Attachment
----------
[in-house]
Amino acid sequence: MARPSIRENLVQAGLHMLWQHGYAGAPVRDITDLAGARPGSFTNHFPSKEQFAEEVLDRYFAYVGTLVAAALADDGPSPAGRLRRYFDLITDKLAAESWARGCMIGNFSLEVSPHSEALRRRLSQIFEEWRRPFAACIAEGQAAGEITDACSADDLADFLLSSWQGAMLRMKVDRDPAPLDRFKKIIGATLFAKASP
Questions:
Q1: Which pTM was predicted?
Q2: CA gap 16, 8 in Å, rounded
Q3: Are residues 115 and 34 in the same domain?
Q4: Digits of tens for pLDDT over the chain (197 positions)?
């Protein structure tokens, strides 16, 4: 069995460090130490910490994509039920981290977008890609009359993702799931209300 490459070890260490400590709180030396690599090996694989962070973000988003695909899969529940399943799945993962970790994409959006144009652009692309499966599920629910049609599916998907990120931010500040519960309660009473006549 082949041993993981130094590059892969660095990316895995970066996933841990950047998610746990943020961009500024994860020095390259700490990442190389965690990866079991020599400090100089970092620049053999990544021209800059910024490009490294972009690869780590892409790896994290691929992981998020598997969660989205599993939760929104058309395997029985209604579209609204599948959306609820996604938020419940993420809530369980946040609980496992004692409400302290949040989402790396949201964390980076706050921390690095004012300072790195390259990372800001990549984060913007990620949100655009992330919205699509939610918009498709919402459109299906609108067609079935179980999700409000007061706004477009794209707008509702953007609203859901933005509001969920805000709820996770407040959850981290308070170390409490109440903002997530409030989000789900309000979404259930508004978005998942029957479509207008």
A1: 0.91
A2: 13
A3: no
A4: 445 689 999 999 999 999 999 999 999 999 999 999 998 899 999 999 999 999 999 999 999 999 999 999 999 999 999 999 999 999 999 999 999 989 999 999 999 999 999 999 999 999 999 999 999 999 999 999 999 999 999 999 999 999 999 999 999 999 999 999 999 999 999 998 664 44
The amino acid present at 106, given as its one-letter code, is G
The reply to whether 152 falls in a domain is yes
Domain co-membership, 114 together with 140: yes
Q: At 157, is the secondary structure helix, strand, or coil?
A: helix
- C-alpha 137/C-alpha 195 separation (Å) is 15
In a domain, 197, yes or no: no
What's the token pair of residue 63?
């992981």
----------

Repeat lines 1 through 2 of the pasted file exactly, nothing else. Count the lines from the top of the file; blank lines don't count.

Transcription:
[in-house]
Amino acid sequence: MARPSIRENLVQAGLHMLWQHGYAGAPVRDITDLAGARPGSFTNHFPSKEQFAEEVLDRYFAYVGTLVAAALADDGPSPAGRLRRYFDLITDKLAAESWARGCMIGNFSLEVSPHSEALRRRLSQIFEEWRRPFAACIAEGQAAGEITDACSADDLADFLLSSWQGAMLRMKVDRDPAPLDRFKKIIGATLFAKASP